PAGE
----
Muslim marriages and the ownership of property

While South African law has historically catered to those married through a civil union or indigenous customary marriage, Islamic customary marriages have typically not enjoyed the same recognition. However, much has changed in recent years.

What Can Be Considered When Entering Into An Antenuptial Contract

The Law Commission of South Africa is in the process of drafting legislation that will recognise Muslim customary marriages and which will provide for their matrimonial consequences. Pending this new legislation, Muslim customary marriages are not recognised and spouses are regarded as unmarried. Each spouse, therefore, has separate and full contractual capacity.

The result of not being recognised under the Marriage Act, 25 of 1981, meant that spouses were not able to inherit intestate, and were not entitled to a fair distribution of property upon the dissolution of a marriage in terms of matrimonial legislation.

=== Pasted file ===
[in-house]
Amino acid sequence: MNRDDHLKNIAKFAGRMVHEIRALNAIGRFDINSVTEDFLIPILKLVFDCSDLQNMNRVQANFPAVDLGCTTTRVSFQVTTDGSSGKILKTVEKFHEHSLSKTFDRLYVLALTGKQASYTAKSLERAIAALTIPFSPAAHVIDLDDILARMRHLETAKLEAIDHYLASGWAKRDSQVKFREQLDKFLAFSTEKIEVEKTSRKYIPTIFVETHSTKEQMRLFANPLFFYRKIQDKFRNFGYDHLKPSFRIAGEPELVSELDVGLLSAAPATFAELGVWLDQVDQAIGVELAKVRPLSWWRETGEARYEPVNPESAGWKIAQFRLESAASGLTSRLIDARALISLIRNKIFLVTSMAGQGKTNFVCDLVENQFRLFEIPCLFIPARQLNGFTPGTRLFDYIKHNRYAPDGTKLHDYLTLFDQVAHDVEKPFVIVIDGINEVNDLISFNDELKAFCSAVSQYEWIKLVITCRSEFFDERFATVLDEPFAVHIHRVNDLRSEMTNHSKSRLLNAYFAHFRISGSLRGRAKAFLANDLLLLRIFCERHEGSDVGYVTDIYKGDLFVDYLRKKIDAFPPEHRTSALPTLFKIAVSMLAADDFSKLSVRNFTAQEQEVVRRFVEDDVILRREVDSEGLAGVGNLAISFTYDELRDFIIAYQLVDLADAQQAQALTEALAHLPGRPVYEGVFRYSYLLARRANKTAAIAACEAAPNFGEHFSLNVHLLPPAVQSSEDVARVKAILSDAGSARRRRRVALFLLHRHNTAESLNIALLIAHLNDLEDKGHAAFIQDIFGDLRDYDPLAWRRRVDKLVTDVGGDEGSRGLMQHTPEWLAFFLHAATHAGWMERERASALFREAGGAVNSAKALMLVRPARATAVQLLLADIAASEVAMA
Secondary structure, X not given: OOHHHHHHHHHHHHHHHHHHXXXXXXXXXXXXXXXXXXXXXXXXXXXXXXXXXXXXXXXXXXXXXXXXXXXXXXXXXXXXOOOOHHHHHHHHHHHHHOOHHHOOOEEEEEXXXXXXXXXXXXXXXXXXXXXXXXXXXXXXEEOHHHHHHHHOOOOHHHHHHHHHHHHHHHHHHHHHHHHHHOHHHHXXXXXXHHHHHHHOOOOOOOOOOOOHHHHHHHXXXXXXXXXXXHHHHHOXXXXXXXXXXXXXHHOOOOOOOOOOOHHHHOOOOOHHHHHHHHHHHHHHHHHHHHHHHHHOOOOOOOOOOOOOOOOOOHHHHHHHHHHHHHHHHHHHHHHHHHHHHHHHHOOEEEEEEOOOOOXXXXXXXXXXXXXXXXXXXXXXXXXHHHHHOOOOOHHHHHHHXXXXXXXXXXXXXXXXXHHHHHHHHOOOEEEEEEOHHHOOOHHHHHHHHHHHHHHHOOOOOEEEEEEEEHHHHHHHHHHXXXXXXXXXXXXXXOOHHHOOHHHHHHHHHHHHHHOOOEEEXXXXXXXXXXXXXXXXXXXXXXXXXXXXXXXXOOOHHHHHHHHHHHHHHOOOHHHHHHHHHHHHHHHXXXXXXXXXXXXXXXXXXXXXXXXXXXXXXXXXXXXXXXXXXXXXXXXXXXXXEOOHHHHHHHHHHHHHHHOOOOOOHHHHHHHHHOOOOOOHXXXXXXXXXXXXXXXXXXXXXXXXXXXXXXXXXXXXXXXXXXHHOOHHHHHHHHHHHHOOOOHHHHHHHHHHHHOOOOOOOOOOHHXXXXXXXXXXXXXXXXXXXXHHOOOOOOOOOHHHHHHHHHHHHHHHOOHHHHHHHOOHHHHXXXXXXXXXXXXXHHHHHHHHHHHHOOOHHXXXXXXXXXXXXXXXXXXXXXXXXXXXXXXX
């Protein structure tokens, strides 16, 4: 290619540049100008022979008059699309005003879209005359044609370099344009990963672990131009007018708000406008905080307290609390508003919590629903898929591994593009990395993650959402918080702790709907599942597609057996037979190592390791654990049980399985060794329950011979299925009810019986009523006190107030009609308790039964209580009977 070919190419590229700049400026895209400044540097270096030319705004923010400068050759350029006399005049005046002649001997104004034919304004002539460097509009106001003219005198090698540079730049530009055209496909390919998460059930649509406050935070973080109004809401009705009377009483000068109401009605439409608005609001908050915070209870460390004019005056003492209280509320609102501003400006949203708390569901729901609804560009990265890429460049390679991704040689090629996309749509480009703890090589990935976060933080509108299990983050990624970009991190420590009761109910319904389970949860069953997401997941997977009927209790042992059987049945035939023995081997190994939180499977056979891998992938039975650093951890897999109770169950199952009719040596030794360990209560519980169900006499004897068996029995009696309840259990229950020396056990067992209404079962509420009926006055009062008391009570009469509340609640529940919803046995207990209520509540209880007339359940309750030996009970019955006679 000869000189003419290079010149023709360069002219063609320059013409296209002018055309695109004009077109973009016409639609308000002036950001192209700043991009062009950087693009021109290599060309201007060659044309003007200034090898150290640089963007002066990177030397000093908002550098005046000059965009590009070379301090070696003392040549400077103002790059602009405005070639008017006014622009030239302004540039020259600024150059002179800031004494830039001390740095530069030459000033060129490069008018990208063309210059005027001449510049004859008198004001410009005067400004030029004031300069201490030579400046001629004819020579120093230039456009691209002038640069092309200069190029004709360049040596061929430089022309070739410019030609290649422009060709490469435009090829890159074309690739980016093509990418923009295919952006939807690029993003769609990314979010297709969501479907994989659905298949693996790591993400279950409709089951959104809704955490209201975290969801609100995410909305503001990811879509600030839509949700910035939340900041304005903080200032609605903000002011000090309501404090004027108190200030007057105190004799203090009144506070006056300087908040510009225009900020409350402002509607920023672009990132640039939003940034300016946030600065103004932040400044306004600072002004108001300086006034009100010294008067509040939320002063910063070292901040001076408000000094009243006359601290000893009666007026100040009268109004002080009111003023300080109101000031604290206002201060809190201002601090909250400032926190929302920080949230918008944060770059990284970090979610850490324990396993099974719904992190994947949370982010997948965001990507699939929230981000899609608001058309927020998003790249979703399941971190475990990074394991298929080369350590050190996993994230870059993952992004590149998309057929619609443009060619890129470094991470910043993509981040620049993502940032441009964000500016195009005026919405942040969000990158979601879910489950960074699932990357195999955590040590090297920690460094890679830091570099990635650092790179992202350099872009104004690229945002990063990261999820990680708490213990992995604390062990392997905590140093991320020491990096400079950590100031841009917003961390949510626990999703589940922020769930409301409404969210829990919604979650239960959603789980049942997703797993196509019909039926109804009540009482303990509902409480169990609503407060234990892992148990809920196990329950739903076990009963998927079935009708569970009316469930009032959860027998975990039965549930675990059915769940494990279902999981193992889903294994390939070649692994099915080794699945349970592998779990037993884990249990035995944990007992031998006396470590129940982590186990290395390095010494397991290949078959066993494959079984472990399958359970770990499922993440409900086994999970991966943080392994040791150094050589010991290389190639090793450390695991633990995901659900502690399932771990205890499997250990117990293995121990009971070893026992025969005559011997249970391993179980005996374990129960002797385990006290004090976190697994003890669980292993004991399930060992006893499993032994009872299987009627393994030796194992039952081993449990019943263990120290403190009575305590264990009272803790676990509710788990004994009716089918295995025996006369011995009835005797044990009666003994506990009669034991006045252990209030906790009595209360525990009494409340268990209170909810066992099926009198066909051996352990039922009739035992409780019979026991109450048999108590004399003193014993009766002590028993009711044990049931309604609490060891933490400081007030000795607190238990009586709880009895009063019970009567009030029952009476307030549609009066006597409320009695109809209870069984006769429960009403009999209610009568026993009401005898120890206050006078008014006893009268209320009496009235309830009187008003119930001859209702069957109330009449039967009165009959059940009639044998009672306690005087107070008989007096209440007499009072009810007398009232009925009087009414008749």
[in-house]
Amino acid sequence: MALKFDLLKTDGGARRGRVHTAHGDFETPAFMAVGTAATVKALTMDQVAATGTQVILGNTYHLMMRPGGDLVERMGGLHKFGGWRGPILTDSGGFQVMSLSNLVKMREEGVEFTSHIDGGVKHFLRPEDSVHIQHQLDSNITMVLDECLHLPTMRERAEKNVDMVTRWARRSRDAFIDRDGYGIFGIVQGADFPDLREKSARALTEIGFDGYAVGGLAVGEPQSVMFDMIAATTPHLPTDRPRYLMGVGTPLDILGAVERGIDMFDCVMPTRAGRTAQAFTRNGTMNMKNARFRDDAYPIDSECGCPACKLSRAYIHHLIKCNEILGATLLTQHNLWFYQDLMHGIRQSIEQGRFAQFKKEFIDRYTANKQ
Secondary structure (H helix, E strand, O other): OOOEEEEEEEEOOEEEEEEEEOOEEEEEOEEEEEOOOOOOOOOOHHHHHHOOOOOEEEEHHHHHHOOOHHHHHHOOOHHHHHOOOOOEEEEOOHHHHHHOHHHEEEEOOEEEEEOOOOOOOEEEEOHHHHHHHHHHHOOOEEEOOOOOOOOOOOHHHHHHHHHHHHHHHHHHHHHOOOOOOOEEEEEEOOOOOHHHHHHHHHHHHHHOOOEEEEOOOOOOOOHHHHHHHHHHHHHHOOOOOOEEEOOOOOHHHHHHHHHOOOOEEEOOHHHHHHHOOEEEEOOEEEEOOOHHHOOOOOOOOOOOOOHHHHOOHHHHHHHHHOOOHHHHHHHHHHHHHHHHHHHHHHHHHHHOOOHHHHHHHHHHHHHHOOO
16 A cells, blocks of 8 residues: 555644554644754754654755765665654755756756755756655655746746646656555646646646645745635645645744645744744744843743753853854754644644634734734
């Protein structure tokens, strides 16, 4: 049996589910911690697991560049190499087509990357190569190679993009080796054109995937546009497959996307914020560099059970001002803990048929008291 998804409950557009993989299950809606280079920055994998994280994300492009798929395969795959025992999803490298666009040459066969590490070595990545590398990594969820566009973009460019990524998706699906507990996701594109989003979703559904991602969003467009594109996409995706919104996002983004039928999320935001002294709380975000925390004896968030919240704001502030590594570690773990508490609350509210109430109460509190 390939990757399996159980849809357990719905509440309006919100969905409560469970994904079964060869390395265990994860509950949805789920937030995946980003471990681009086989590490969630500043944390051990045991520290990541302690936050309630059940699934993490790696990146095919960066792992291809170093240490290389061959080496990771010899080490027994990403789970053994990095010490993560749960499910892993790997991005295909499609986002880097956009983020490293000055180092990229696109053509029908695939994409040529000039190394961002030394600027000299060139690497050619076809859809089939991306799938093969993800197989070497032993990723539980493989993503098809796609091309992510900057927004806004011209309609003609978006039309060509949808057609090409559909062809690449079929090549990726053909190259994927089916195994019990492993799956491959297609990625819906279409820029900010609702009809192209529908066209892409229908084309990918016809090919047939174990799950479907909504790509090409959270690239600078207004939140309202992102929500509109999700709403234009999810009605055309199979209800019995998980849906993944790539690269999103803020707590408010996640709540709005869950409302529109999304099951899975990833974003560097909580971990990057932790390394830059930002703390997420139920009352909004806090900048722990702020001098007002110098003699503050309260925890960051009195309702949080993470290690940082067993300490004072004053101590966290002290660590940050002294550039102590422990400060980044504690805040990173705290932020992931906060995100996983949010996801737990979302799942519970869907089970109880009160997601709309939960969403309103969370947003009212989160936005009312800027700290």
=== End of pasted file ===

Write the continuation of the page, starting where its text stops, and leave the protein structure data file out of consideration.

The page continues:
Current case law and intestate succession

Despite this, the South African courts began a process of shifting these laws through a number of cases such as Daniels v Campbell NO and Others 2003 (9) BCLR 696 (C) and Hassam v Jacobs NO 2009 (5) SA 572 (CC).

In the first of these, the court found that a surviving spouse in a Muslim marriage should, in fact, be considered a ‘spouse’ under the Intestate Succession Act, 13 of 1934, and as a ‘survivor’ as defined in the Maintenance of Surviving Spouses Act, 27 of 1990. As a result of this finding, the applicant was entitled to inherit property from her deceased husband’s estate. Prior to this judgment, only those married under civil law were granted rights under these Acts.

Taking this a step further, the second case found that both wives in a polygamous Muslim marriage were entitled to inherit from their husband’s estate.

Recognition of Muslim unions